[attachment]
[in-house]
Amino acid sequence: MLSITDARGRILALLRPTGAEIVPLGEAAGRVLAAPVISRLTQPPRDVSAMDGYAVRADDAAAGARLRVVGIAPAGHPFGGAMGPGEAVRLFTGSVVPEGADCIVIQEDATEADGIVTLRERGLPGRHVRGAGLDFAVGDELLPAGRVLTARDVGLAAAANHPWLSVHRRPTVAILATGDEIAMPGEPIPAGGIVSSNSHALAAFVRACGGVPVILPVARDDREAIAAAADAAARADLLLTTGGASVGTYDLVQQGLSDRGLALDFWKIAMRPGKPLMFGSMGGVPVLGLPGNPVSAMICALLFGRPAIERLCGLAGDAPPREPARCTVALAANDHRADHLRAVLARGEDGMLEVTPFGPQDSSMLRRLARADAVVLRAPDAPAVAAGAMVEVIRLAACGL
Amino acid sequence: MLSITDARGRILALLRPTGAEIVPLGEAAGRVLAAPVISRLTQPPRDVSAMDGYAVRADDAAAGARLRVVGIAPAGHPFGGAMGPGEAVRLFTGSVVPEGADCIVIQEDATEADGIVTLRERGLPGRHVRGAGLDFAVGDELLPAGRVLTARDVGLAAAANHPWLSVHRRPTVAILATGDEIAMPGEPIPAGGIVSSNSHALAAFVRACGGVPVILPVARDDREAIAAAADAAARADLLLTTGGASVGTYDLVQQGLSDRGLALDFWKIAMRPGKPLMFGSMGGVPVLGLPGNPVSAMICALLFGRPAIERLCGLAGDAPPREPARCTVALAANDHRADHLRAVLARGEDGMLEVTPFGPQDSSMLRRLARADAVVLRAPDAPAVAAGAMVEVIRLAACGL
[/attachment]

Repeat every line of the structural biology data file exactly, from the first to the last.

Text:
[in-house]
Amino acid sequence: MLSITDARGRILALLRPTGAEIVPLGEAAGRVLAAPVISRLTQPPRDVSAMDGYAVRADDAAAGARLRVVGIAPAGHPFGGAMGPGEAVRLFTGSVVPEGADCIVIQEDATEADGIVTLRERGLPGRHVRGAGLDFAVGDELLPAGRVLTARDVGLAAAANHPWLSVHRRPTVAILATGDEIAMPGEPIPAGGIVSSNSHALAAFVRACGGVPVILPVARDDREAIAAAADAAARADLLLTTGGASVGTYDLVQQGLSDRGLALDFWKIAMRPGKPLMFGSMGGVPVLGLPGNPVSAMICALLFGRPAIERLCGLAGDAPPREPARCTVALAANDHRADHLRAVLARGEDGMLEVTPFGPQDSSMLRRLARADAVVLRAPDAPAVAAGAMVEVIRLAACGL
Amino acid sequence: MLSITDARGRILALLRPTGAEIVPLGEAAGRVLAAPVISRLTQPPRDVSAMDGYAVRADDAAAGARLRVVGIAPAGHPFGGAMGPGEAVRLFTGSVVPEGADCIVIQEDATEADGIVTLRERGLPGRHVRGAGLDFAVGDELLPAGRVLTARDVGLAAAANHPWLSVHRRPTVAILATGDEIAMPGEPIPAGGIVSSNSHALAAFVRACGGVPVILPVARDDREAIAAAADAAARADLLLTTGGASVGTYDLVQQGLSDRGLALDFWKIAMRPGKPLMFGSMGGVPVLGLPGNPVSAMICALLFGRPAIERLCGLAGDAPPREPARCTVALAANDHRADHLRAVLARGEDGMLEVTPFGPQDSSMLRRLARADAVVLRAPDAPAVAAGAMVEVIRLAACGL